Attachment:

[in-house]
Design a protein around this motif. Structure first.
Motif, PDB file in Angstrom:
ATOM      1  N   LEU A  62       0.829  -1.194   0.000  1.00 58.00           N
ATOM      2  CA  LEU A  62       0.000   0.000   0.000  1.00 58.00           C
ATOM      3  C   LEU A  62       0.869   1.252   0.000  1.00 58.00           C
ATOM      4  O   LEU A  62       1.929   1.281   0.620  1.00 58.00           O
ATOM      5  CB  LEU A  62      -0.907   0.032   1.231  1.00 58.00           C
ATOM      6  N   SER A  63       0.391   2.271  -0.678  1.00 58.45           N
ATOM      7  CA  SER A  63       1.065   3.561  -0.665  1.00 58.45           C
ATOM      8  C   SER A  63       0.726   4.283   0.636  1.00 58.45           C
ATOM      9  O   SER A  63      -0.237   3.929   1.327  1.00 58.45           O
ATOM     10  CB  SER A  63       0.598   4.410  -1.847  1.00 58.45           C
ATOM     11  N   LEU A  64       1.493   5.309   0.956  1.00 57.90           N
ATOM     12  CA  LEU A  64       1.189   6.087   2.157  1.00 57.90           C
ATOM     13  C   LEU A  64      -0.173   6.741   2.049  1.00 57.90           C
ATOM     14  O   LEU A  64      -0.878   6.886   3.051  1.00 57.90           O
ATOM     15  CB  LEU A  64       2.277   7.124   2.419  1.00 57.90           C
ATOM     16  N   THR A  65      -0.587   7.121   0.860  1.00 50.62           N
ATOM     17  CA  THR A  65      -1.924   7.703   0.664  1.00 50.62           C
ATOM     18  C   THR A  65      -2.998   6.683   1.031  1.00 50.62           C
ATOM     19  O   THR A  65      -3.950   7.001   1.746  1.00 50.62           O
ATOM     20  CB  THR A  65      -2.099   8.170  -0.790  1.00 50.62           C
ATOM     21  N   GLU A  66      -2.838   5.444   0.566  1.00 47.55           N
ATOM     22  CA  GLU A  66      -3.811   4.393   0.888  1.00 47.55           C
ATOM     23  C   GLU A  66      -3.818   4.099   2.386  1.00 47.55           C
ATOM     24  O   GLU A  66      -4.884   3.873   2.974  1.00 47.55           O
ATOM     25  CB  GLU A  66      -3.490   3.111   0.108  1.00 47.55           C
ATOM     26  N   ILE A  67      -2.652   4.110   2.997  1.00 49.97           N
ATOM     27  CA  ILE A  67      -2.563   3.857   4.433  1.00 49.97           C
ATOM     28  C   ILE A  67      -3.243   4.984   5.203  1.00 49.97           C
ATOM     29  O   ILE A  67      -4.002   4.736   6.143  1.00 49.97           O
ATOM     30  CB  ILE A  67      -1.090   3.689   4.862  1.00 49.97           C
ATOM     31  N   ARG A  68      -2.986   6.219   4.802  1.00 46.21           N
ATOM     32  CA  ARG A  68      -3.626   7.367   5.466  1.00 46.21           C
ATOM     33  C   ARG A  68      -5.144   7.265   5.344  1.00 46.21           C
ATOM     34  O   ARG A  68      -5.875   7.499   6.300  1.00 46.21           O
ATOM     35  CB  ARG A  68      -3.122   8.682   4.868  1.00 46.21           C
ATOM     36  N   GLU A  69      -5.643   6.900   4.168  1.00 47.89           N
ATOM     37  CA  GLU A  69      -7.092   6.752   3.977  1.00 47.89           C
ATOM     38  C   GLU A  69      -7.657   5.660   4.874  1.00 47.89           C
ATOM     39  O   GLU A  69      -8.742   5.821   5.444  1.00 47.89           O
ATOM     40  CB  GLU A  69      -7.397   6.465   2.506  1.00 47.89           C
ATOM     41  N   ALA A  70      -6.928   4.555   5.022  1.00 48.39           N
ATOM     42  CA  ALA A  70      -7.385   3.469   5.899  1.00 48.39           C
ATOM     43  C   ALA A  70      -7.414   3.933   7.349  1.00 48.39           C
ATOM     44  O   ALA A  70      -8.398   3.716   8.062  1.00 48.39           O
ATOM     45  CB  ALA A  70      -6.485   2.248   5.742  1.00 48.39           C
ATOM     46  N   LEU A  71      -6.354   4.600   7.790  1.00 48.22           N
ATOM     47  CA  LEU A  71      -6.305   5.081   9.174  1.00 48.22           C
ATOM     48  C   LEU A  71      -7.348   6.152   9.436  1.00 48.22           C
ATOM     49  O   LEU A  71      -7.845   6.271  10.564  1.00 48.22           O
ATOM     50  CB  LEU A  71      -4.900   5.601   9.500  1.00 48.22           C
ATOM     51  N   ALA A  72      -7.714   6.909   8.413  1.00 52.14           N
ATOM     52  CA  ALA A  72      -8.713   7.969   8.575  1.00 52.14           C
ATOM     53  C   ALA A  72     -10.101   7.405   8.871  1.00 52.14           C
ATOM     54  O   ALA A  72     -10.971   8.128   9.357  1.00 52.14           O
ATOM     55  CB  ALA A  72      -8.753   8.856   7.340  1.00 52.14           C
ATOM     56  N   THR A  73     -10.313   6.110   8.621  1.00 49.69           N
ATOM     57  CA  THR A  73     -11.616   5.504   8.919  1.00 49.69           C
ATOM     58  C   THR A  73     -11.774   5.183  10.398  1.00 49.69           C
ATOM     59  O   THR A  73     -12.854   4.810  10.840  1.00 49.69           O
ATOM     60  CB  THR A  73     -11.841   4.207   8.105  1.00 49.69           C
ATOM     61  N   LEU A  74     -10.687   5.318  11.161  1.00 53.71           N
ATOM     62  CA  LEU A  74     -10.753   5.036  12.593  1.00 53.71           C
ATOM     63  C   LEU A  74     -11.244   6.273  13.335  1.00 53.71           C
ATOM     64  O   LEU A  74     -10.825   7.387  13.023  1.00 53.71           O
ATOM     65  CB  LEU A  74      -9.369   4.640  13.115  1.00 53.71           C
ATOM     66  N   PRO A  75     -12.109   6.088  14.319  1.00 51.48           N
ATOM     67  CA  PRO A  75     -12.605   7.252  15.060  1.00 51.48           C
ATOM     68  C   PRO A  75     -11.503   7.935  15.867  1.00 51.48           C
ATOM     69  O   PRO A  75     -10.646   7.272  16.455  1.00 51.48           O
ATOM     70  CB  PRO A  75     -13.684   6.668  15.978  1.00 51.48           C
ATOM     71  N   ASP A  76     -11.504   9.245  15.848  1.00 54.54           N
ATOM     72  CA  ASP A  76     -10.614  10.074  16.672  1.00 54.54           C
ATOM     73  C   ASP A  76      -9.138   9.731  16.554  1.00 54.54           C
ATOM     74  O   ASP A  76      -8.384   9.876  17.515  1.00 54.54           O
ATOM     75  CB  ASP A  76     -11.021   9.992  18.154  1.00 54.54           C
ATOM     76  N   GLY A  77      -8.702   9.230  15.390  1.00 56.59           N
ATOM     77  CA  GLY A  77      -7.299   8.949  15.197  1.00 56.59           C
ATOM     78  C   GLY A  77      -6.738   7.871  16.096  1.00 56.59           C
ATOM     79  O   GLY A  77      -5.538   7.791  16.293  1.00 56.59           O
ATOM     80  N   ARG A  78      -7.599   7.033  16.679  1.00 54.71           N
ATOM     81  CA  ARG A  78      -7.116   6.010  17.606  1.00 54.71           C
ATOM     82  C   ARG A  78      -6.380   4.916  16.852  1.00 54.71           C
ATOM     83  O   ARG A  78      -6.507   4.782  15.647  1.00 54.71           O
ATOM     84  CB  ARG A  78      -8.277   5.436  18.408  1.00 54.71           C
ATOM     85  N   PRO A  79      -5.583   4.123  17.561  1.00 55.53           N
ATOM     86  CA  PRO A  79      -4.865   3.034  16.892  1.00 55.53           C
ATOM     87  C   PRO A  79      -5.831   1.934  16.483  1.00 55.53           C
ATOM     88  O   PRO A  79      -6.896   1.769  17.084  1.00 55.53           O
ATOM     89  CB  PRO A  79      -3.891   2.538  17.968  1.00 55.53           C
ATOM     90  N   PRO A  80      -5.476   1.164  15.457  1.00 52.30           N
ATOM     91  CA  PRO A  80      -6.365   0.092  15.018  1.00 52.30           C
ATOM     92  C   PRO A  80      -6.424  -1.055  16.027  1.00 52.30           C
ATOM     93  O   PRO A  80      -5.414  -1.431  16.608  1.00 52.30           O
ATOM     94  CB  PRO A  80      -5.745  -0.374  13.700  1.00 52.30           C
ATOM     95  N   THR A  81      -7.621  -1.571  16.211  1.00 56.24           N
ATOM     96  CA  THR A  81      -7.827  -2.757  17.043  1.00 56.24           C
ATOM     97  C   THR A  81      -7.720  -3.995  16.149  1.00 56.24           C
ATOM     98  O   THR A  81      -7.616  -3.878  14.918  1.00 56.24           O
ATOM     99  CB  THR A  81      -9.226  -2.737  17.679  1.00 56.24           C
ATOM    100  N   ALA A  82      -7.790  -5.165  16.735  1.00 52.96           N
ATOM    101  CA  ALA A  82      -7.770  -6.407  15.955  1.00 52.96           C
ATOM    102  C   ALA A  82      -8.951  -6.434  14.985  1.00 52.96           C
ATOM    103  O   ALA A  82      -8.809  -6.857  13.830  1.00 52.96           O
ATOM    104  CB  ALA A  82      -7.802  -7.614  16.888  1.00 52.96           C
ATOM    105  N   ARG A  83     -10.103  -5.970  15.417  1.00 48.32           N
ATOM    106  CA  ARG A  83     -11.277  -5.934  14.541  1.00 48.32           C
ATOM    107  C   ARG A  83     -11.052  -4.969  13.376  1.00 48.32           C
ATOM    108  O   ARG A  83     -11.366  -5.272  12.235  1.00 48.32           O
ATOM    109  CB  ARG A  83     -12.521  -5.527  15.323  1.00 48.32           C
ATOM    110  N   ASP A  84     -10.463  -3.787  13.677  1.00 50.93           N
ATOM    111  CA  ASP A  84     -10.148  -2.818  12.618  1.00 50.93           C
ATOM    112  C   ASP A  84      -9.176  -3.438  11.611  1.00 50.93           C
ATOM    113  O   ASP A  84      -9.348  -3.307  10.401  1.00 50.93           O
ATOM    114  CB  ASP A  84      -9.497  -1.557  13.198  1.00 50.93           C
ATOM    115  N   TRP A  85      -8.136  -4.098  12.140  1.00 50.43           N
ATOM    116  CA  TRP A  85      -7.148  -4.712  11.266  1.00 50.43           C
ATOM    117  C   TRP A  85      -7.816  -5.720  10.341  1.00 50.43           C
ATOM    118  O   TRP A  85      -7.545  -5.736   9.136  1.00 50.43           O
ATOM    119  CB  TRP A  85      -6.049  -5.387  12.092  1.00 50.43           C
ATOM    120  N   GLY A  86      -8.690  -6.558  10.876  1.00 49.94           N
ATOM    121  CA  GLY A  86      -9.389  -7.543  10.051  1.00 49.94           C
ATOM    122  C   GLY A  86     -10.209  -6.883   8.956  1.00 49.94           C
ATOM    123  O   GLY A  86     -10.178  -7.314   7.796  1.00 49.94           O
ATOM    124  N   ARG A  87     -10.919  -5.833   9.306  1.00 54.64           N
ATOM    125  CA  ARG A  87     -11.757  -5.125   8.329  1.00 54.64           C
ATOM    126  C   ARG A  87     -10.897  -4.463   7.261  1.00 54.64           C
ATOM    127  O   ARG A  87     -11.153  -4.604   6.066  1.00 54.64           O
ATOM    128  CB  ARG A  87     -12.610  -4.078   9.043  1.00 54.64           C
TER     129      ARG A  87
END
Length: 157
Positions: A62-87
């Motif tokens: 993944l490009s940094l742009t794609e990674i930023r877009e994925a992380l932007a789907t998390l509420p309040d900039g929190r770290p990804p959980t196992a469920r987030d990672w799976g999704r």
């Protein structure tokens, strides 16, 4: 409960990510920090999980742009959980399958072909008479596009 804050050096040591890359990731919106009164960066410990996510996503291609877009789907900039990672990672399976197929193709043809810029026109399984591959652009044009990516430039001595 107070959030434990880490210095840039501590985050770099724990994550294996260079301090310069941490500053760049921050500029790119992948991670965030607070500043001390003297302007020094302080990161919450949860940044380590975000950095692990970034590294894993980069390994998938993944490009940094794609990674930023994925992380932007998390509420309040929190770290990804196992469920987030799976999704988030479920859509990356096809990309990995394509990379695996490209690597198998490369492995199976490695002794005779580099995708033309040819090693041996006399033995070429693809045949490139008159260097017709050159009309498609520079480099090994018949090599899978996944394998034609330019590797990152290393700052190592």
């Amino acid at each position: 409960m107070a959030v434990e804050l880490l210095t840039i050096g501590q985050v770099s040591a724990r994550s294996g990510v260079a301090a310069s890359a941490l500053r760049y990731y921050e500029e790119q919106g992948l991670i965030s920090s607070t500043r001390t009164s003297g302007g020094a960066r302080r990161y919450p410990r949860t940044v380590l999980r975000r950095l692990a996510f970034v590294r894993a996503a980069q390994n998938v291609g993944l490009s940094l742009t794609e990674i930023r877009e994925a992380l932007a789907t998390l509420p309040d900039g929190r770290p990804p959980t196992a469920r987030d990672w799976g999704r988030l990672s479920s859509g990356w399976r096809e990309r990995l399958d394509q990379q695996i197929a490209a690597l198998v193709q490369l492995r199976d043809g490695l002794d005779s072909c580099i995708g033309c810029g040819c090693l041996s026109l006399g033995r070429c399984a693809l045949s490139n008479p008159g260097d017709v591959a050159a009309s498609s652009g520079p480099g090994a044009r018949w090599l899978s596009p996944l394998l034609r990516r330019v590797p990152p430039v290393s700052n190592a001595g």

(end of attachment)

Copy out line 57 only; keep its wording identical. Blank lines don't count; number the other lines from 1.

ATOM     54  O   ALA A  72     -10.971   8.128   9.357  1.00 52.14           O